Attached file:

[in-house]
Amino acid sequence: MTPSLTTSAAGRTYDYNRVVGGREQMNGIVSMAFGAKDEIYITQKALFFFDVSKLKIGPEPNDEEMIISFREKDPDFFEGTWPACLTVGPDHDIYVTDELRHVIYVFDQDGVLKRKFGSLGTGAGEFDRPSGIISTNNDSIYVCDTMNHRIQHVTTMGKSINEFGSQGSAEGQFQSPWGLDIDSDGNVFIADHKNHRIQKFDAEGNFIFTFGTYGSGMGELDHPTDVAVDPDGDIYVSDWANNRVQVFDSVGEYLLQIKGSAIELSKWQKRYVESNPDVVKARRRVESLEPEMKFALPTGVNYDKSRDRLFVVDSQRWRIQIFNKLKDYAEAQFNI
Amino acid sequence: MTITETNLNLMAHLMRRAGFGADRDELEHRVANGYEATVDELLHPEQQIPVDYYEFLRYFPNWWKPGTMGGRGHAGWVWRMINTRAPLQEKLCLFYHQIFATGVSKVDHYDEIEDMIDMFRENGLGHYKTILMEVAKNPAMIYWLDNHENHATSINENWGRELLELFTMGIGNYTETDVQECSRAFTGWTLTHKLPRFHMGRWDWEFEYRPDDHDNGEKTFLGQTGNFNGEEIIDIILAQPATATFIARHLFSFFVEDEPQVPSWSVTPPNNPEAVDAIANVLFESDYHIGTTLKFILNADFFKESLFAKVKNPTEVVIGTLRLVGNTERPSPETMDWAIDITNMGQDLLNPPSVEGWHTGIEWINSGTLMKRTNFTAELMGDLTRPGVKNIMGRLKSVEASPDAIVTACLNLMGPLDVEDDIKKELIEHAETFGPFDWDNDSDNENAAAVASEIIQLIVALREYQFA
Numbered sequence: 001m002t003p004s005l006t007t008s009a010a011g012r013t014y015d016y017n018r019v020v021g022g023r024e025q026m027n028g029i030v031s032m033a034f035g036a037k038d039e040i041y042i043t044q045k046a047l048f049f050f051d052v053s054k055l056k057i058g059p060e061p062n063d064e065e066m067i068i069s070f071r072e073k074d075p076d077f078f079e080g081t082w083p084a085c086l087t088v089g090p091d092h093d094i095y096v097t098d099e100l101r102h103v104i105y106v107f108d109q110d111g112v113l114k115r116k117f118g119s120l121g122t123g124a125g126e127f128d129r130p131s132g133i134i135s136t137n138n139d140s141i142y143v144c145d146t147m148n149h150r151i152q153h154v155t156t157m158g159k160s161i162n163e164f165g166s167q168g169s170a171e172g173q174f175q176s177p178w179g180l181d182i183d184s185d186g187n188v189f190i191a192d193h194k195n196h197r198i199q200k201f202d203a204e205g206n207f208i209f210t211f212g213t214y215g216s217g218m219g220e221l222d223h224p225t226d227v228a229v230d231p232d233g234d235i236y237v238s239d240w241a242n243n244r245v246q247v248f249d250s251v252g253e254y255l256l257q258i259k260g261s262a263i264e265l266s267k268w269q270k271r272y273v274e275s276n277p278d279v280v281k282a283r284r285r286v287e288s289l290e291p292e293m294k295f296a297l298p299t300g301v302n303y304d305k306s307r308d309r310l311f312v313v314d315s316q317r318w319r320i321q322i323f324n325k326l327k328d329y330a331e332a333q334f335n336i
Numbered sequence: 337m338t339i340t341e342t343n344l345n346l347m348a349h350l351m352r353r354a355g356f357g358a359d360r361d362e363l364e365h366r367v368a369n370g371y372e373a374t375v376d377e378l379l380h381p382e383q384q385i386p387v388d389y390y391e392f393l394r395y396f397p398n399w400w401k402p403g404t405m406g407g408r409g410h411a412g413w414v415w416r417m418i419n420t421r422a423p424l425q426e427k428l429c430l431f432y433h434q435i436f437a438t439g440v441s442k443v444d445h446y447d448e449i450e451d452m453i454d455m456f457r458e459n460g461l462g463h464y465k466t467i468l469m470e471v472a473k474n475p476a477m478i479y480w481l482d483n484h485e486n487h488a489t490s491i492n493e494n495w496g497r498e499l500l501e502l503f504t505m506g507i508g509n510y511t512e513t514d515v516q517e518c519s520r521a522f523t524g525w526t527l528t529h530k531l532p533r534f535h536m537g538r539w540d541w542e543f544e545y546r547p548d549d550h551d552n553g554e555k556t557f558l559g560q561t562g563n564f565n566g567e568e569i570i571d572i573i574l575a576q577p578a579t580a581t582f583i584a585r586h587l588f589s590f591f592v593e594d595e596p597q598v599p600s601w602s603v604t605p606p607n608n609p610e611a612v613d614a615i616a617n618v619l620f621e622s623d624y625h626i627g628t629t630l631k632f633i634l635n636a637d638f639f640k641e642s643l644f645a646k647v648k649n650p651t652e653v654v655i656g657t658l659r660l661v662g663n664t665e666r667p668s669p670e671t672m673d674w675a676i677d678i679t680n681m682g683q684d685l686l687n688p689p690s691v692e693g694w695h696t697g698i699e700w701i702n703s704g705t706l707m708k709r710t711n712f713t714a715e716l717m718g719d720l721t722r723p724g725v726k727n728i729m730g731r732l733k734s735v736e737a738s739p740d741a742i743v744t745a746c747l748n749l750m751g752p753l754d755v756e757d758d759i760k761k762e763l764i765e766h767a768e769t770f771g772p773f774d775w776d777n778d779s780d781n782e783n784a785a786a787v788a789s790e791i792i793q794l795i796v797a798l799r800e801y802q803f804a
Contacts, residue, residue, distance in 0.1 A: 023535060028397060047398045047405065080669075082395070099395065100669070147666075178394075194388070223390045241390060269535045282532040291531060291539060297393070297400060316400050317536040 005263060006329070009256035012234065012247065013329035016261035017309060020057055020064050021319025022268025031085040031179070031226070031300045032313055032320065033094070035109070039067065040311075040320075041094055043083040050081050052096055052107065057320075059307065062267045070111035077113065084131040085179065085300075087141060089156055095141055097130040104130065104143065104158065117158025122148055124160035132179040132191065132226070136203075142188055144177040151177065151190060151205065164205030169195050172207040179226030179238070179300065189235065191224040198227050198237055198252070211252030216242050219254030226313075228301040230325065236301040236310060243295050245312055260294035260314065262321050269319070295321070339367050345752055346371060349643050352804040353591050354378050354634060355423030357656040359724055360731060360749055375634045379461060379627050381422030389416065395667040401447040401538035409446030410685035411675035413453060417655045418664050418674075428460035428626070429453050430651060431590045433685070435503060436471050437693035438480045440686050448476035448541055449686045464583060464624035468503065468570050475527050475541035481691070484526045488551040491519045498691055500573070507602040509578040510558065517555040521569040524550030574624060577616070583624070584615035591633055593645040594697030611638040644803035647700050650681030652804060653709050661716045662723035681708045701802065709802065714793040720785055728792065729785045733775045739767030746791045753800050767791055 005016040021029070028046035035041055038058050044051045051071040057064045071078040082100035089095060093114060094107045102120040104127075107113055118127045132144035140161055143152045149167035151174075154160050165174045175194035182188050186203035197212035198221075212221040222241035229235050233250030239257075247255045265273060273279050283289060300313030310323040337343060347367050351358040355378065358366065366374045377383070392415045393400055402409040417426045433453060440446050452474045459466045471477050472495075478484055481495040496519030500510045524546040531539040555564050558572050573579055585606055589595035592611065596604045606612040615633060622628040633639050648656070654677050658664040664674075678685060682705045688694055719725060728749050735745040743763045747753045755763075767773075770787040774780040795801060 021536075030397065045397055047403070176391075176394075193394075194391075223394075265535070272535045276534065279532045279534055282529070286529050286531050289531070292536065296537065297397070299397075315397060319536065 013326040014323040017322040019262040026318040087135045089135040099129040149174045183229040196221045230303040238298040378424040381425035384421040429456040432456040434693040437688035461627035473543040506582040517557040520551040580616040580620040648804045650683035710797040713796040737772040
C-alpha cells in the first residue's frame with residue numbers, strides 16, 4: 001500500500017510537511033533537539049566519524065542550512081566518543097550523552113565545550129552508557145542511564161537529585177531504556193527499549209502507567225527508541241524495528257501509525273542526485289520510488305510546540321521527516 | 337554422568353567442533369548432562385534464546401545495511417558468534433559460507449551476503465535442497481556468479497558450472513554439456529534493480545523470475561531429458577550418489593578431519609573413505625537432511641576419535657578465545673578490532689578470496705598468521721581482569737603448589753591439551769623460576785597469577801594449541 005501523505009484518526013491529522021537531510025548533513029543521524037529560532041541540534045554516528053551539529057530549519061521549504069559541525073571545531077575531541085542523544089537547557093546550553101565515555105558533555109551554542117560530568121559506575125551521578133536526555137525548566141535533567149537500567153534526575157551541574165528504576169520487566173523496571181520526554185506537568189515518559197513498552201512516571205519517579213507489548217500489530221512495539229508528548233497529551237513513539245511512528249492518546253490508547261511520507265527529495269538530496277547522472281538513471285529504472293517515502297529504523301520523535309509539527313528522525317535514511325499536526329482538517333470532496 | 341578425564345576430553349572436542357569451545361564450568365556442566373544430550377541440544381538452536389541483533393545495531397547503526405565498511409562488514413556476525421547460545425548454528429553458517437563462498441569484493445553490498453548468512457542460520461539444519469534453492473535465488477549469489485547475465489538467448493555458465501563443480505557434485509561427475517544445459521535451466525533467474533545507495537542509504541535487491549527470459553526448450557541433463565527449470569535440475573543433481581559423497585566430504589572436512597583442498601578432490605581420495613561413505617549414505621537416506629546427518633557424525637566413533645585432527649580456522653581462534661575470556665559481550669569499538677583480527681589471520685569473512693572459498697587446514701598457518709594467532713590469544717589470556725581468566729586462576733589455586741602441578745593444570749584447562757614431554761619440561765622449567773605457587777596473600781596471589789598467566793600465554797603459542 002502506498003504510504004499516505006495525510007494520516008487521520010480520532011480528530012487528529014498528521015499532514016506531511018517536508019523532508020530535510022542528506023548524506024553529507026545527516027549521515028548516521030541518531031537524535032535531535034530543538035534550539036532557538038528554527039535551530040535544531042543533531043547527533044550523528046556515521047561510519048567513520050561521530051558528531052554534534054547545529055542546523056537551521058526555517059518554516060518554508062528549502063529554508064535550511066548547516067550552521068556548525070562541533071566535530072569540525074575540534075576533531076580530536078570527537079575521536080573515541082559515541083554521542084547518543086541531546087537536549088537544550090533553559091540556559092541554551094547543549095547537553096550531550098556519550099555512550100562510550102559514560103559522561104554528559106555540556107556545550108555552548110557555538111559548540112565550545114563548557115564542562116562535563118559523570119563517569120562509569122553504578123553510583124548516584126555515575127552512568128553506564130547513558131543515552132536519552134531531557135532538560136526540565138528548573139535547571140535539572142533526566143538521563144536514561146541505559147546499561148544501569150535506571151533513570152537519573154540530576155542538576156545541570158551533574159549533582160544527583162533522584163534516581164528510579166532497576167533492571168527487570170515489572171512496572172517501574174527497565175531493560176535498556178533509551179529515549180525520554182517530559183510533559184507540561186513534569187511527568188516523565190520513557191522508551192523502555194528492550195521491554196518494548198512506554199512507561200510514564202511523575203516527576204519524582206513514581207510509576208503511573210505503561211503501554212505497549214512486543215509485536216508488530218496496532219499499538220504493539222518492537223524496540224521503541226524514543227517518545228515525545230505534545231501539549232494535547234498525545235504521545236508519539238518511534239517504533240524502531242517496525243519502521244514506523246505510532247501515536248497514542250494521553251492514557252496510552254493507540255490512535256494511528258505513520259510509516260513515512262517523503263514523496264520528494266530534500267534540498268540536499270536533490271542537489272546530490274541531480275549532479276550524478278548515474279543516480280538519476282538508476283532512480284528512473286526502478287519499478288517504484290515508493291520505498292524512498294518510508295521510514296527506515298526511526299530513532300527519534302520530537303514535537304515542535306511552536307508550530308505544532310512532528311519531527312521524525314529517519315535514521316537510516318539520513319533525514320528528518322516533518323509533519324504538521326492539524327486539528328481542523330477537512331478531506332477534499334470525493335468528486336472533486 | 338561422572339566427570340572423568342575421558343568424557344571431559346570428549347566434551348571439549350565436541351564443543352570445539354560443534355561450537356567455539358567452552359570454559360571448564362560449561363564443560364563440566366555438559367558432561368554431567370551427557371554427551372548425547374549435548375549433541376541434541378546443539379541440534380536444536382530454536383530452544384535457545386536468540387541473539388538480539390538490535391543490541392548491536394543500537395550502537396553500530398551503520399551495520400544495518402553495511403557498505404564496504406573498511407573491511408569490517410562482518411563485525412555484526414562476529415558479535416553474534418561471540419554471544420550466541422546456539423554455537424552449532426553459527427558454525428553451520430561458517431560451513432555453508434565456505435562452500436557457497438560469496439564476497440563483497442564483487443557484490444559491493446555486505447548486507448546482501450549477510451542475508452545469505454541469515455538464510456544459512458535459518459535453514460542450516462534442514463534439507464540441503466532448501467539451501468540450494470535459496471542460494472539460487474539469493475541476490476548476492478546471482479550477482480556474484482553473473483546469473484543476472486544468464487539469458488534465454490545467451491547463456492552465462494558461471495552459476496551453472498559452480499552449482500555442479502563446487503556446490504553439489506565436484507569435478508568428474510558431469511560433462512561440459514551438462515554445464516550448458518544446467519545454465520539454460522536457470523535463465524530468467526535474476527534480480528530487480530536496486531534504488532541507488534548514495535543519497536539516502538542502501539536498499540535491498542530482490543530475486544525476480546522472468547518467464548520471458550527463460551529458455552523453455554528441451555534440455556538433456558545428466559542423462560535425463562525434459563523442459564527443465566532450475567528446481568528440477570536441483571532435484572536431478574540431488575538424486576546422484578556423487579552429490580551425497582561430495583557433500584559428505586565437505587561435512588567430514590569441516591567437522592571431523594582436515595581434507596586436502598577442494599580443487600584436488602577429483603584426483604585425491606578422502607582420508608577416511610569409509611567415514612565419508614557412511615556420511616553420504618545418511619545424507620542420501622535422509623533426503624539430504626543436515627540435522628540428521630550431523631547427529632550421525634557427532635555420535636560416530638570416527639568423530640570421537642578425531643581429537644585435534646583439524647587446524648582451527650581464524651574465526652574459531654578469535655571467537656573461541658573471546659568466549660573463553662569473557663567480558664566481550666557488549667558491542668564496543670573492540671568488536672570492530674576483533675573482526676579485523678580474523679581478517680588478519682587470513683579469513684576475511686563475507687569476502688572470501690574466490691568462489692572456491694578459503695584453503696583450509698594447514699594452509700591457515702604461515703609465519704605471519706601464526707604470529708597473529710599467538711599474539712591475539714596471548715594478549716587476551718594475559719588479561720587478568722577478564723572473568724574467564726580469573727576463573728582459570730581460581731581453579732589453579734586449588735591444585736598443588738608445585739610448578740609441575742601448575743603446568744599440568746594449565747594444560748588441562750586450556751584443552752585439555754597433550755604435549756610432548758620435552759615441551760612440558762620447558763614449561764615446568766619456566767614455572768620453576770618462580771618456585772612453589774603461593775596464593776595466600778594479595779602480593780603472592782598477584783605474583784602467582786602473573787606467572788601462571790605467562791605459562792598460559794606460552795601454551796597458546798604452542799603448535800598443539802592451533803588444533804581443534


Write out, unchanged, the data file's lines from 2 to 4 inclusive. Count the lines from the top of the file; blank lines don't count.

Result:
Amino acid sequence: MTPSLTTSAAGRTYDYNRVVGGREQMNGIVSMAFGAKDEIYITQKALFFFDVSKLKIGPEPNDEEMIISFREKDPDFFEGTWPACLTVGPDHDIYVTDELRHVIYVFDQDGVLKRKFGSLGTGAGEFDRPSGIISTNNDSIYVCDTMNHRIQHVTTMGKSINEFGSQGSAEGQFQSPWGLDIDSDGNVFIADHKNHRIQKFDAEGNFIFTFGTYGSGMGELDHPTDVAVDPDGDIYVSDWANNRVQVFDSVGEYLLQIKGSAIELSKWQKRYVESNPDVVKARRRVESLEPEMKFALPTGVNYDKSRDRLFVVDSQRWRIQIFNKLKDYAEAQFNI
Amino acid sequence: MTITETNLNLMAHLMRRAGFGADRDELEHRVANGYEATVDELLHPEQQIPVDYYEFLRYFPNWWKPGTMGGRGHAGWVWRMINTRAPLQEKLCLFYHQIFATGVSKVDHYDEIEDMIDMFRENGLGHYKTILMEVAKNPAMIYWLDNHENHATSINENWGRELLELFTMGIGNYTETDVQECSRAFTGWTLTHKLPRFHMGRWDWEFEYRPDDHDNGEKTFLGQTGNFNGEEIIDIILAQPATATFIARHLFSFFVEDEPQVPSWSVTPPNNPEAVDAIANVLFESDYHIGTTLKFILNADFFKESLFAKVKNPTEVVIGTLRLVGNTERPSPETMDWAIDITNMGQDLLNPPSVEGWHTGIEWINSGTLMKRTNFTAELMGDLTRPGVKNIMGRLKSVEASPDAIVTACLNLMGPLDVEDDIKKELIEHAETFGPFDWDNDSDNENAAAVASEIIQLIVALREYQFA
Numbered sequence: 001m002t003p004s005l006t007t008s009a010a011g012r013t014y015d016y017n018r019v020v021g022g023r024e025q026m027n028g029i030v031s032m033a034f035g036a037k038d039e040i041y042i043t044q045k046a047l048f049f050f051d052v053s054k055l056k057i058g059p060e061p062n063d064e065e066m067i068i069s070f071r072e073k074d075p076d077f078f079e080g081t082w083p084a085c086l087t088v089g090p091d092h093d094i095y096v097t098d099e100l101r102h103v104i105y106v107f108d109q110d111g112v113l114k115r116k117f118g119s120l121g122t123g124a125g126e127f128d129r130p131s132g133i134i135s136t137n138n139d140s141i142y143v144c145d146t147m148n149h150r151i152q153h154v155t156t157m158g159k160s161i162n163e164f165g166s167q168g169s170a171e172g173q174f175q176s177p178w179g180l181d182i183d184s185d186g187n188v189f190i191a192d193h194k195n196h197r198i199q200k201f202d203a204e205g206n207f208i209f210t211f212g213t214y215g216s217g218m219g220e221l222d223h224p225t226d227v228a229v230d231p232d233g234d235i236y237v238s239d240w241a242n243n244r245v246q247v248f249d250s251v252g253e254y255l256l257q258i259k260g261s262a263i264e265l266s267k268w269q270k271r272y273v274e275s276n277p278d279v280v281k282a283r284r285r286v287e288s289l290e291p292e293m294k295f296a297l298p299t300g301v302n303y304d305k306s307r308d309r310l311f312v313v314d315s316q317r318w319r320i321q322i323f324n325k326l327k328d329y330a331e332a333q334f335n336i